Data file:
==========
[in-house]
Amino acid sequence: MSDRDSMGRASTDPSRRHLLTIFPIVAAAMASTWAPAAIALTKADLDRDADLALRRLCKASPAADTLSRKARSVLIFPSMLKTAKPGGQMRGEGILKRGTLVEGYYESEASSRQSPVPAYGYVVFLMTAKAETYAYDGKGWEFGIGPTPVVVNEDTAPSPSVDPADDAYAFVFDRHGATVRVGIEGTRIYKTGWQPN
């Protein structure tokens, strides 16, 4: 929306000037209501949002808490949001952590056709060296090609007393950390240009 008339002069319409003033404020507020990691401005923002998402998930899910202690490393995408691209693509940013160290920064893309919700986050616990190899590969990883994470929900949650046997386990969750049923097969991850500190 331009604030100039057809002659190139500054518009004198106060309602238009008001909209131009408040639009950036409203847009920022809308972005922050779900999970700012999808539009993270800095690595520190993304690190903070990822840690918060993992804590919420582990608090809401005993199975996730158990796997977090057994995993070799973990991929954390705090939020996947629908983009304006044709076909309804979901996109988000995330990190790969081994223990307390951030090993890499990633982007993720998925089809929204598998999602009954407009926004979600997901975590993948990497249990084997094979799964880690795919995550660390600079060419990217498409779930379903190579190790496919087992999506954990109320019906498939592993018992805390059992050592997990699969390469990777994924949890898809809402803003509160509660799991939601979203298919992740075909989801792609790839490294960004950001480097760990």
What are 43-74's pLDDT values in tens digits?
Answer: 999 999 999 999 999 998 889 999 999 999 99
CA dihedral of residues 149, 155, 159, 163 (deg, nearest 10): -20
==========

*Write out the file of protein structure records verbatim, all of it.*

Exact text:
[in-house]
Amino acid sequence: MSDRDSMGRASTDPSRRHLLTIFPIVAAAMASTWAPAAIALTKADLDRDADLALRRLCKASPAADTLSRKARSVLIFPSMLKTAKPGGQMRGEGILKRGTLVEGYYESEASSRQSPVPAYGYVVFLMTAKAETYAYDGKGWEFGIGPTPVVVNEDTAPSPSVDPADDAYAFVFDRHGATVRVGIEGTRIYKTGWQPN
């Protein structure tokens, strides 16, 4: 929306000037209501949002808490949001952590056709060296090609007393950390240009 008339002069319409003033404020507020990691401005923002998402998930899910202690490393995408691209693509940013160290920064893309919700986050616990190899590969990883994470929900949650046997386990969750049923097969991850500190 331009604030100039057809002659190139500054518009004198106060309602238009008001909209131009408040639009950036409203847009920022809308972005922050779900999970700012999808539009993270800095690595520190993304690190903070990822840690918060993992804590919420582990608090809401005993199975996730158990796997977090057994995993070799973990991929954390705090939020996947629908983009304006044709076909309804979901996109988000995330990190790969081994223990307390951030090993890499990633982007993720998925089809929204598998999602009954407009926004979600997901975590993948990497249990084997094979799964880690795919995550660390600079060419990217498409779930379903190579190790496919087992999506954990109320019906498939592993018992805390059992050592997990699969390469990777994924949890898809809402803003509160509660799991939601979203298919992740075909989801792609790839490294960004950001480097760990």
What are 43-74's pLDDT values in tens digits?
Answer: 999 999 999 999 999 998 889 999 999 999 99
CA dihedral of residues 149, 155, 159, 163 (deg, nearest 10): -20